The Episcopal Diocese of Newark, “in obedience to God’s call to be stewards of earth’s diverse community of life,” recently passed a resolution at its annual convention calling upon the Church Pension Fund, the Investment Committee of the Executive Council, and the Episcopal Church Foundation to divest from the world’s leading 200 fossil fuel companies, and to reinvest in stages in “impact investments” in the clean energy sector. The resolution states,
God calls us to be good stewards of God’s good Creation (Gen. 1:31, 2:15). Jesus commands us to care for those who are vulnerable as if we were caring for Him (Mt. 25:40). The Fifth Mark of Mission of the Anglican Communion is “To strive to safeguard the integrity of creation and sustain and renew the life of the earth.” The Episcopal Church has long been on record calling for action to address climate change, and environmental justice, most recently with resolutions in 2006 and 2009. The Episcopal Church, by its mission, is pledged to the protection and care of God’s people and God’s Creation.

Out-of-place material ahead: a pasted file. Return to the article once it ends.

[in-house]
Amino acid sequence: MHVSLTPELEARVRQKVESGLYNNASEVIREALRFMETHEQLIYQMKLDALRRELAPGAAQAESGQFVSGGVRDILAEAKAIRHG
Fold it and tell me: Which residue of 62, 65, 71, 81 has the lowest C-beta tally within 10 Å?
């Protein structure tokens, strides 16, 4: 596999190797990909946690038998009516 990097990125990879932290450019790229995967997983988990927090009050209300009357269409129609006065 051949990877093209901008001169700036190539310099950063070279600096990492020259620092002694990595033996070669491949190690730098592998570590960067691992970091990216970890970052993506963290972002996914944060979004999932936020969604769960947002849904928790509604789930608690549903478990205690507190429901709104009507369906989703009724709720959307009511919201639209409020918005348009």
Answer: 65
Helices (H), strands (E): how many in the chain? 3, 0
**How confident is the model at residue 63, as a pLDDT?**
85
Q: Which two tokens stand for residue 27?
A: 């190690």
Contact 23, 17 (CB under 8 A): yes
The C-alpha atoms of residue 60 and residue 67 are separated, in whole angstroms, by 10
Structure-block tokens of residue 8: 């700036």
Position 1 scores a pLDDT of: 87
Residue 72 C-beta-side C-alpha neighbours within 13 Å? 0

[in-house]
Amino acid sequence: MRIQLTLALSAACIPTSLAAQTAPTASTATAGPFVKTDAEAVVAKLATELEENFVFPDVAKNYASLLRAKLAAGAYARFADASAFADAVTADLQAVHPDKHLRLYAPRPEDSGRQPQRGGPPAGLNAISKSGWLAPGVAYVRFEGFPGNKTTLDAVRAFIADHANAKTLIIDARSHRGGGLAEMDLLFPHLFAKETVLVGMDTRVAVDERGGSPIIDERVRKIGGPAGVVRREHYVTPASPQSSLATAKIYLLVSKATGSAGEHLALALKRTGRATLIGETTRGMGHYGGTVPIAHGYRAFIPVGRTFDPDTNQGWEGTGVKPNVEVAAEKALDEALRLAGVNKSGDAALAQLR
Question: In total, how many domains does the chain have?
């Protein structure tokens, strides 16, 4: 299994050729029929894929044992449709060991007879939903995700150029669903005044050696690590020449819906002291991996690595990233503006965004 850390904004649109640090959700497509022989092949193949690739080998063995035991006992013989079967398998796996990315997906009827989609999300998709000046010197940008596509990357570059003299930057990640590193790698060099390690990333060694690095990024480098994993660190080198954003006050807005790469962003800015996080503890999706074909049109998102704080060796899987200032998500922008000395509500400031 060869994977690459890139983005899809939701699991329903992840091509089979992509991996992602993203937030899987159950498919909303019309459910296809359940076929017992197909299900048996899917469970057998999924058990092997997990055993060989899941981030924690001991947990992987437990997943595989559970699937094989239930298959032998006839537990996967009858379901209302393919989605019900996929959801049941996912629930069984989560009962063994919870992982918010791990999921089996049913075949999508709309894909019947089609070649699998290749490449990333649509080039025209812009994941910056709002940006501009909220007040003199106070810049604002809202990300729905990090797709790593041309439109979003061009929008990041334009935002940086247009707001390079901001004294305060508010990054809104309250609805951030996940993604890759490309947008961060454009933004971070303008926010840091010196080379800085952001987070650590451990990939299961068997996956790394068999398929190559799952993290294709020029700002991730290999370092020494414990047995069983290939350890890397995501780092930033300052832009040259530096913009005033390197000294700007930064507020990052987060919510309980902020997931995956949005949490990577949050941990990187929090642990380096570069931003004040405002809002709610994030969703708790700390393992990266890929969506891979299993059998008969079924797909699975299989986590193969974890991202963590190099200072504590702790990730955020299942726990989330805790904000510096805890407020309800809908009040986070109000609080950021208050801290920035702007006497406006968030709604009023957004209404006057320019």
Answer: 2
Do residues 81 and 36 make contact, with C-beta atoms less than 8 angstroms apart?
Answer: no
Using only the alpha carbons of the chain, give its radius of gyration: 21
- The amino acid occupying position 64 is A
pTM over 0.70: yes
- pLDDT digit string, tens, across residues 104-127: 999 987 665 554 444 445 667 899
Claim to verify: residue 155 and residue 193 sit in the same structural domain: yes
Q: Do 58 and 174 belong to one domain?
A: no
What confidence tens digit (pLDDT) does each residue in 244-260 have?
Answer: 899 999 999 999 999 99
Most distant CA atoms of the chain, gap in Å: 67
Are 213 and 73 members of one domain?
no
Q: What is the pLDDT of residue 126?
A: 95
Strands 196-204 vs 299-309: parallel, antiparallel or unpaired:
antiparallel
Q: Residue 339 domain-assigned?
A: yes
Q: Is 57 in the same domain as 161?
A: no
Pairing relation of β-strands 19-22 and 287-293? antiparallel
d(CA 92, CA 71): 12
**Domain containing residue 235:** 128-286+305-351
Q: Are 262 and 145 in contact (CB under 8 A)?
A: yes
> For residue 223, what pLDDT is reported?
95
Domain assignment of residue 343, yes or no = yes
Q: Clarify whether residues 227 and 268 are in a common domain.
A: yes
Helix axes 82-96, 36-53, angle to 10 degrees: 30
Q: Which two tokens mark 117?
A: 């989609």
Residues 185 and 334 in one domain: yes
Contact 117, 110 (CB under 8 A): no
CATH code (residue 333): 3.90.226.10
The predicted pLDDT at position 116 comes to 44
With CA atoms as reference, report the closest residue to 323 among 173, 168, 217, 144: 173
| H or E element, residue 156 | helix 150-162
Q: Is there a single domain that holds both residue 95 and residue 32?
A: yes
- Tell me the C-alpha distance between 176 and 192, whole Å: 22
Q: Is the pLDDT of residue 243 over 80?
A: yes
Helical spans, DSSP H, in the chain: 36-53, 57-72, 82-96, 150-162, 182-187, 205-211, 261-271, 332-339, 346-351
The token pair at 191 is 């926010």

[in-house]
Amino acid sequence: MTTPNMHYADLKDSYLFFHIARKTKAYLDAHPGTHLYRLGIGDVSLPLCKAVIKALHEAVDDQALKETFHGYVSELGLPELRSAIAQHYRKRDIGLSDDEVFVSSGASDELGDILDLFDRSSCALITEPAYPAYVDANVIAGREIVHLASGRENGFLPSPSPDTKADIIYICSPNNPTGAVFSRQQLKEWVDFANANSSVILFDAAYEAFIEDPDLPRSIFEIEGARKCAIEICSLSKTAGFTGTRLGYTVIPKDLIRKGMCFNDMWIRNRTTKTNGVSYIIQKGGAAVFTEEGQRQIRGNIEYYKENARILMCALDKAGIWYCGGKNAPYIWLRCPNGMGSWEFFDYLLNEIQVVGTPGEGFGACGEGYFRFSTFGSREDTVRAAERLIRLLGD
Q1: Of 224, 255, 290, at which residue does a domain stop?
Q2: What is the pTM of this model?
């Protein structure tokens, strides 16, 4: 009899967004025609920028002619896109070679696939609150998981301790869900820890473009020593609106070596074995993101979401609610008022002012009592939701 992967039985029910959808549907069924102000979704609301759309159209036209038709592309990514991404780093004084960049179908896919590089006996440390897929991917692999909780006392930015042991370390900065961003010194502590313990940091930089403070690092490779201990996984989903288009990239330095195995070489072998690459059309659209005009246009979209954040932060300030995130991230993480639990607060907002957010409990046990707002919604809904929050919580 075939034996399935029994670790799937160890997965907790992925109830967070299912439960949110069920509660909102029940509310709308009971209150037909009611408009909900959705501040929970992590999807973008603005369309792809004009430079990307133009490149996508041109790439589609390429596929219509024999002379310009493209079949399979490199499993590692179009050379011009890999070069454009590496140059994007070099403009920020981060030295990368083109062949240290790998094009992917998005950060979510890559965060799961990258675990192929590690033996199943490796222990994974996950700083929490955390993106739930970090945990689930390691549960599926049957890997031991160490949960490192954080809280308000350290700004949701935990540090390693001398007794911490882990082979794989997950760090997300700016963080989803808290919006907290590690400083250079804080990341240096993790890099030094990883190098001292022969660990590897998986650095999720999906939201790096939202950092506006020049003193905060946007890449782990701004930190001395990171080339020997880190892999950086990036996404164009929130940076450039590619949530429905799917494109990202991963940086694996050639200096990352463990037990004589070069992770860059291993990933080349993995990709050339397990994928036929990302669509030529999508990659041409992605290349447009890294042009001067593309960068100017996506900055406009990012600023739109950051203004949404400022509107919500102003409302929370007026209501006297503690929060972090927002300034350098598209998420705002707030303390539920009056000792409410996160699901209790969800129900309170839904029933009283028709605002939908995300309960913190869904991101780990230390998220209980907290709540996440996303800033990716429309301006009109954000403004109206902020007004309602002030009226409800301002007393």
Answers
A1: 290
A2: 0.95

Climate change represents a titanic threat to all life, and especially to the poor. The biblical mandate and our church’s teachings could not be clearer that we must respond with faithful, prophetic action. For over two decades, the Episcopal Church and the wider faith community has utilized shareholder and legislative advocacy on climate change, to very little effect…
The fossil fuel industry’s value and future depend on burning these fuels. This industry has used its financial power to prevent legislation to reduce carbon emissions, spending over $400,000 per day to lobby the US government alone. It secures unthinkably large government subsidies – $1.5 billion globally per day, according to the International Energy Agency. In 2013, the industry spent over $600 billion exploring for new fossil fuel reserves, far beyond the $244 billion invested globally in renewable energy. This level of spending dwarfs the resources that can be mobilized by advocates for a sustainable future.